As another round of student papers (the final set for this year) gets ready to come at me, I’m gearing up for looking at more careless mistakes: seemingly random uses of their, there, and they’re; sloppy pronoun references; uses of “now and days” or “now in days” instead of nowadays. Then there are the students who seem to have a bucket full of commas beside their desks and who just seem to fling them at the page, letting them stay wherever they fall without careful (or any) consideration.
It’s to be expected, I suppose. They’re students, after all. They’re still learning (things they should have learned in elementary school, but that’s maybe beside the point for now). And I’m supposed to have taught them something–which, in most cases, I’m sure I have. I just haven’t been able to get through to most of them that they need to learn not only how to write correctly, how to tell the difference between correct and incorrect, but also how to build up good habits as writers. Many haven’t learned yet that they need to read what they’ve written more than one time before submitting it to a reader. Many don’t proofread at all.
For one reason or another, many haven’t made the connection that readers pass judgment on writers. In this case, it’s the professor assigning grades. But in the real world (I think there still may be one beyond academia, but I’m not always sure), readers pass judgment on writers all the time in the form of reviews, word of mouth, sales, or rejection–depending on who makes up that audience.
When we move beyond the realm of students and teachers and think about people who call themselves writers in some sort of professional sense, it becomes even more important that one consider audience awareness and develop some skill as an editor. I know a lot of indie authors hire editors, and that’s fine. But I still can’t help feeling that writers should be able to edit their work themselves. They should be able to craft each sentence and shape it the way they want it shaped just as much as they shape their plots and build their characters.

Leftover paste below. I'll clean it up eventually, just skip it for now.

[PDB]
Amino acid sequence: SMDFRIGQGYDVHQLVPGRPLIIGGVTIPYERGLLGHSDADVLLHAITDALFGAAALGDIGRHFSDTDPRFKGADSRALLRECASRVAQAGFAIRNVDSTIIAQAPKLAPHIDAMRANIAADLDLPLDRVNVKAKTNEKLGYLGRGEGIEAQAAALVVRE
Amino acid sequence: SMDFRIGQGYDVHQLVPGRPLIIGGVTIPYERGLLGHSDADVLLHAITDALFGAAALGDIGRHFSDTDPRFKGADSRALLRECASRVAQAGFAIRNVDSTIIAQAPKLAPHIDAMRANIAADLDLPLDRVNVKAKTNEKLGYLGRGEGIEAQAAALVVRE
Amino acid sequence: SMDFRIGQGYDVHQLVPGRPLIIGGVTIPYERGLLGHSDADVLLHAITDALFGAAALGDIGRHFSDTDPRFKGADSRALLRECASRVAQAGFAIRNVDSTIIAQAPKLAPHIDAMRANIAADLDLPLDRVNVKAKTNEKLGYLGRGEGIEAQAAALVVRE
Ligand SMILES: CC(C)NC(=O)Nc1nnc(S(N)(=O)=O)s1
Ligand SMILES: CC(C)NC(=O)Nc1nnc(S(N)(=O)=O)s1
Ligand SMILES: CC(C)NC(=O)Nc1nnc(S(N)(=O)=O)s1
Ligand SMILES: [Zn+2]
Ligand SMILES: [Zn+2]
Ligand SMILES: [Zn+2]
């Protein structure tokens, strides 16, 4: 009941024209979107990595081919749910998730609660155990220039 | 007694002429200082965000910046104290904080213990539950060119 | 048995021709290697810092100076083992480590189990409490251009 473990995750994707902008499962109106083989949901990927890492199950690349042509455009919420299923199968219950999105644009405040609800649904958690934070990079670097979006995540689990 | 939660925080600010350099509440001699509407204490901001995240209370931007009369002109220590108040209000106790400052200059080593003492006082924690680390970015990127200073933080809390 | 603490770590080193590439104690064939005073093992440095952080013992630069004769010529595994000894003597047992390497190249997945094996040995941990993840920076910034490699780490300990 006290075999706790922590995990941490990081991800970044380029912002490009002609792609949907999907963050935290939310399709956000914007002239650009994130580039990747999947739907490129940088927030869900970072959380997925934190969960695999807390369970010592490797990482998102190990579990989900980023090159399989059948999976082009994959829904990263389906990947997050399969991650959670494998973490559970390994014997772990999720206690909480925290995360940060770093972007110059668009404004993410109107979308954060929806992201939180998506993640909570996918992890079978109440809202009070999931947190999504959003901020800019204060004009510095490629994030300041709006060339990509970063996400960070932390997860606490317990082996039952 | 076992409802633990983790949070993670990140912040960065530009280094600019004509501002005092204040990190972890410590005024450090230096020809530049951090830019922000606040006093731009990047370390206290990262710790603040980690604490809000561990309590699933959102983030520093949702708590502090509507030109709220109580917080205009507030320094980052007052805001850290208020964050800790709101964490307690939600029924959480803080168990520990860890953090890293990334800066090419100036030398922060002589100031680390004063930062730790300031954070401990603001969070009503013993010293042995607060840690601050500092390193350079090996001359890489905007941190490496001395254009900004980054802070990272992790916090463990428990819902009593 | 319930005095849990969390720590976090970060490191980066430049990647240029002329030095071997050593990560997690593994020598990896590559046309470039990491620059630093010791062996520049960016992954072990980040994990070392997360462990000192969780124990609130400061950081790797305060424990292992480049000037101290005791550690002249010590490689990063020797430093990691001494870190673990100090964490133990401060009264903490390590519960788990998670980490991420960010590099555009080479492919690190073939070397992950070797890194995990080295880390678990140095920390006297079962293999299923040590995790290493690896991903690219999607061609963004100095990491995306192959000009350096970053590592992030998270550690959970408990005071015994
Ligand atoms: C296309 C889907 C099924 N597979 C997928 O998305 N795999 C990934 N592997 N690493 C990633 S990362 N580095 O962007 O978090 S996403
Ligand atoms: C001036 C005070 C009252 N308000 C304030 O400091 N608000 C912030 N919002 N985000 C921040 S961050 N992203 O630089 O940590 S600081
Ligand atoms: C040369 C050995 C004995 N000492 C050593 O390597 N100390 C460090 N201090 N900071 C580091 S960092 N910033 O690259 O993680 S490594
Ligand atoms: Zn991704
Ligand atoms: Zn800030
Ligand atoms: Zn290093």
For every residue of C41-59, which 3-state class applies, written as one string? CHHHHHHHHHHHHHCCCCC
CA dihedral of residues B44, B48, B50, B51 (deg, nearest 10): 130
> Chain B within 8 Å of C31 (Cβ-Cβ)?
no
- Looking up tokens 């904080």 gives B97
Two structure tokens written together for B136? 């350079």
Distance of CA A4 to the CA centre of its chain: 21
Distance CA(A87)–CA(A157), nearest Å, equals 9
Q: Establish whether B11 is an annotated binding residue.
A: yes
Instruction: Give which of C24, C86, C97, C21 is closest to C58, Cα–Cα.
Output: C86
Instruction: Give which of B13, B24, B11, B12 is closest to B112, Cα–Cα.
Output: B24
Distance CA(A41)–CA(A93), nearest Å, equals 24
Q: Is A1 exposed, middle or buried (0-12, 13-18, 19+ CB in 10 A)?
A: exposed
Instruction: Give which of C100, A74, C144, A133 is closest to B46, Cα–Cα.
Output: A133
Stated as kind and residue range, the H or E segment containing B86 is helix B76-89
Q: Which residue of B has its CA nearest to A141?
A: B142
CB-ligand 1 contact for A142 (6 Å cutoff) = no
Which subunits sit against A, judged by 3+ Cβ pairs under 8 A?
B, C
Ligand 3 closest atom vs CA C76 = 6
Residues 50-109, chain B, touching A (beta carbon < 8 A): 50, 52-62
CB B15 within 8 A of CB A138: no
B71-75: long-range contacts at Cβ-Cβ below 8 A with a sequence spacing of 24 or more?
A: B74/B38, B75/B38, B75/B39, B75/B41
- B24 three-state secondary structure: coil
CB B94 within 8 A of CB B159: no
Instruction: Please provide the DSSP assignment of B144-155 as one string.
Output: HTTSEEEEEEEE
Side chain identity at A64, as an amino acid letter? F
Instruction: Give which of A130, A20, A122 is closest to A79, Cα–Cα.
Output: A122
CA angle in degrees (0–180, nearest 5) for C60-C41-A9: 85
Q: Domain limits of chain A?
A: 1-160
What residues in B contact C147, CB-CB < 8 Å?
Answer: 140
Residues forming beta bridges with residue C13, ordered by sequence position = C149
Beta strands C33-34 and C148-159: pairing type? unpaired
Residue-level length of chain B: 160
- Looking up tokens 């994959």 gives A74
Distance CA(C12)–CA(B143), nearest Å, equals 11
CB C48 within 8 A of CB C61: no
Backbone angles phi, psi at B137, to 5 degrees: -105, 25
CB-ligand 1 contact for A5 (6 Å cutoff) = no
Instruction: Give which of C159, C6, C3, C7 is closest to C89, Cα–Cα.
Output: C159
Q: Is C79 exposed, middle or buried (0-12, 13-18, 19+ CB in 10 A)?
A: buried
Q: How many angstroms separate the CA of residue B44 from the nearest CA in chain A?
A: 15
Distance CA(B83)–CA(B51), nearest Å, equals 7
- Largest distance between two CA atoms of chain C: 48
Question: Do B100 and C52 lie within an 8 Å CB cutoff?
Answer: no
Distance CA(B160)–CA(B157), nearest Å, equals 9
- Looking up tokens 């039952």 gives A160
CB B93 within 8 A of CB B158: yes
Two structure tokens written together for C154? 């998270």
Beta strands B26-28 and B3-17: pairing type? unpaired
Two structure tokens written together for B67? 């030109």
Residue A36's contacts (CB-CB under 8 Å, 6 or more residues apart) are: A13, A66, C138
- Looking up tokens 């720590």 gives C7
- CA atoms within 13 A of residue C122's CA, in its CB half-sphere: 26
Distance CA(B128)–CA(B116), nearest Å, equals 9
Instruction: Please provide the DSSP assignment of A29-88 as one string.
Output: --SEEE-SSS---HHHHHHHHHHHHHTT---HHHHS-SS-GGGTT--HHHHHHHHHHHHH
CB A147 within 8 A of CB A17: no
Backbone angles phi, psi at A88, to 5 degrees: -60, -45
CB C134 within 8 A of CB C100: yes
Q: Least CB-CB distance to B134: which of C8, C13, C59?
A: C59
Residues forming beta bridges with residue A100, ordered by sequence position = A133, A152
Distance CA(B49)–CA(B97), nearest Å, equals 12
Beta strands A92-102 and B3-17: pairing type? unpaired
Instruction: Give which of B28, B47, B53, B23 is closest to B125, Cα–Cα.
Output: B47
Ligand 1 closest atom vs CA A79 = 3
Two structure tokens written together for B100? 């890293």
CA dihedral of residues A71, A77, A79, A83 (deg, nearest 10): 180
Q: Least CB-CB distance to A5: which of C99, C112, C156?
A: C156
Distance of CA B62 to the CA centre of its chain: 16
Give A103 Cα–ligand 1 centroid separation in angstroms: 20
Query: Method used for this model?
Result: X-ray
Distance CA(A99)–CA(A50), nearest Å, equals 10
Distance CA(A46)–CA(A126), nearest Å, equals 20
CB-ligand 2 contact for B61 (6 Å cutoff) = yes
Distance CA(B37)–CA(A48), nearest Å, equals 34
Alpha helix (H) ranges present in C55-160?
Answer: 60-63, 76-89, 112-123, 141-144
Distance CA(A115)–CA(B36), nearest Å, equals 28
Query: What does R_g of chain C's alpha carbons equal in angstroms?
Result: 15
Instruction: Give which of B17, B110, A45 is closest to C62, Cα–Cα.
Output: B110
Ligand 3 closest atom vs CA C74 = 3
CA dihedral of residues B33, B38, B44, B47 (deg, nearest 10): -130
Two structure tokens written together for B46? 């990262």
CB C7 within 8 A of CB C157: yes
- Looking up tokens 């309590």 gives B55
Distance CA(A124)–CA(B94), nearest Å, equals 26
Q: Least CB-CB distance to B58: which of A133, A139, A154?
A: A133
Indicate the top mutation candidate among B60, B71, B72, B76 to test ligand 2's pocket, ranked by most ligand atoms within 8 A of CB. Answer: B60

Okay, I know I’m biased as an English professor. Some very talented writers struggle as their own editors, and as long as those people have enough self-awareness to hire an editor, it’s okay. Unfortunately, with the indie movement, a lot of people who think they know what they’re doing are putting out books and novellas and short stories without properly editing. For a lot of readers, myself included, those careless mistakes are a turn-off. They send a message (unintentionally, I know) that the writer does not care enough about his or her readers to present the best material possible. If the editing is sloppy, I ask myself, what else will be sloppy? Do I want to invest time in this plot and with these characters only to find huge holes in the story later, or terrible inconsistencies that will take away my enjoyment of what I’m reading?
And while I wring my hands about these things and carefully consider the placement of every comma, every passive construction, every balancing of independent and dependent clauses, I know there are also people (both writers and readers) who just don’t care. Several years ago, when the whole indie and print-on-demand thing was just getting started, I picked up a zombie apocalypse book for my wife. While she enjoyed the story, she was appalled at the number of grammatical errors. How could something so flawed get into print, she asked. I took a look at the book and the publisher and realized it was a print-on-demand. That explained it, I thought. A good story, but the writer would never go anywhere.
When she was finished with the book, she gave it to me to sell on eBay. It sold for more than I’d paid. I checked Amazon and found it was now out of print. I felt vindicated. But my curiosity was piqued. Every now and then I checked eBay to see if the book was still selling there. Before long, copies were going for $80. It was the subject matter, I realized. The zombie crowd didn’t care about the mistakes. Even though several reviewers echoed my wife’s irritation, the demand for zombie gore outweighed the criticism.
Now that same book is in print from a major publisher, and there are several sequels. It has hundreds of positive reviews. I haven’t looked to see if anyone laments the grammar. I assume the major publisher had a team of editors take their electronic equivalents of red pens to the thing and clean it up.
So that’s the way of it. In the end, it’s all about storytelling. Some readers will, apparently, forgive just about anything if the yarn is spun well enough.
Maybe I should let my students write about zombies. I’ll still be cringing as I imagine that bucket full of commas, but at least I’ll be entertained.